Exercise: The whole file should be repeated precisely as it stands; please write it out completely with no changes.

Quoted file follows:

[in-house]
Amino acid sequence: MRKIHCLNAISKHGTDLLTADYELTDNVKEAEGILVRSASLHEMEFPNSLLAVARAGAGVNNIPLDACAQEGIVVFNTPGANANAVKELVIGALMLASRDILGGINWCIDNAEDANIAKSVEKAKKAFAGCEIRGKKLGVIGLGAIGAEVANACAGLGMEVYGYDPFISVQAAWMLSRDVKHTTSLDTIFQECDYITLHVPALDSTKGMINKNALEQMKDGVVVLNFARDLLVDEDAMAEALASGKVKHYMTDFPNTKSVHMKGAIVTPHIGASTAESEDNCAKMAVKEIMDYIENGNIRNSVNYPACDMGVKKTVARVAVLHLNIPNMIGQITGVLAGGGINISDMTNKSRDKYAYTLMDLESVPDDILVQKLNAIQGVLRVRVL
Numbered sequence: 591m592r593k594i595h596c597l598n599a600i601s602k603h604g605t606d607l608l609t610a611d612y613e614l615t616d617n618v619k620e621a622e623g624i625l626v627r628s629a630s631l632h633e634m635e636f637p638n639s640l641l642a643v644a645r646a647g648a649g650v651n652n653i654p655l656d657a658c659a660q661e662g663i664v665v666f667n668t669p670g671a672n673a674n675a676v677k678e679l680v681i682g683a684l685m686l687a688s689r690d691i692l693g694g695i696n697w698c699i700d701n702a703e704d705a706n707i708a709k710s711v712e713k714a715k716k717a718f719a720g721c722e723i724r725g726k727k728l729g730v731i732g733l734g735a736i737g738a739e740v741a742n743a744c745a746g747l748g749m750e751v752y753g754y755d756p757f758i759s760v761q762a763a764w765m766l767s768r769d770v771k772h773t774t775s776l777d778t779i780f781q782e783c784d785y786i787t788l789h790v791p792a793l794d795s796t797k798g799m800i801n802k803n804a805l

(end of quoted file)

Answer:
[in-house]
Amino acid sequence: MRKIHCLNAISKHGTDLLTADYELTDNVKEAEGILVRSASLHEMEFPNSLLAVARAGAGVNNIPLDACAQEGIVVFNTPGANANAVKELVIGALMLASRDILGGINWCIDNAEDANIAKSVEKAKKAFAGCEIRGKKLGVIGLGAIGAEVANACAGLGMEVYGYDPFISVQAAWMLSRDVKHTTSLDTIFQECDYITLHVPALDSTKGMINKNALEQMKDGVVVLNFARDLLVDEDAMAEALASGKVKHYMTDFPNTKSVHMKGAIVTPHIGASTAESEDNCAKMAVKEIMDYIENGNIRNSVNYPACDMGVKKTVARVAVLHLNIPNMIGQITGVLAGGGINISDMTNKSRDKYAYTLMDLESVPDDILVQKLNAIQGVLRVRVL
Numbered sequence: 591m592r593k594i595h596c597l598n599a600i601s602k603h604g605t606d607l608l609t610a611d612y613e614l615t616d617n618v619k620e621a622e623g624i625l626v627r628s629a630s631l632h633e634m635e636f637p638n639s640l641l642a643v644a645r646a647g648a649g650v651n652n653i654p655l656d657a658c659a660q661e662g663i664v665v666f667n668t669p670g671a672n673a674n675a676v677k678e679l680v681i682g683a684l685m686l687a688s689r690d691i692l693g694g695i696n697w698c699i700d701n702a703e704d705a706n707i708a709k710s711v712e713k714a715k716k717a718f719a720g721c722e723i724r725g726k727k728l729g730v731i732g733l734g735a736i737g738a739e740v741a742n743a744c745a746g747l748g749m750e751v752y753g754y755d756p757f758i759s760v761q762a763a764w765m766l767s768r769d770v771k772h773t774t775s776l777d778t779i780f781q782e783c784d785y786i787t788l789h790v791p792a793l794d795s796t797k798g799m800i801n802k803n804a805l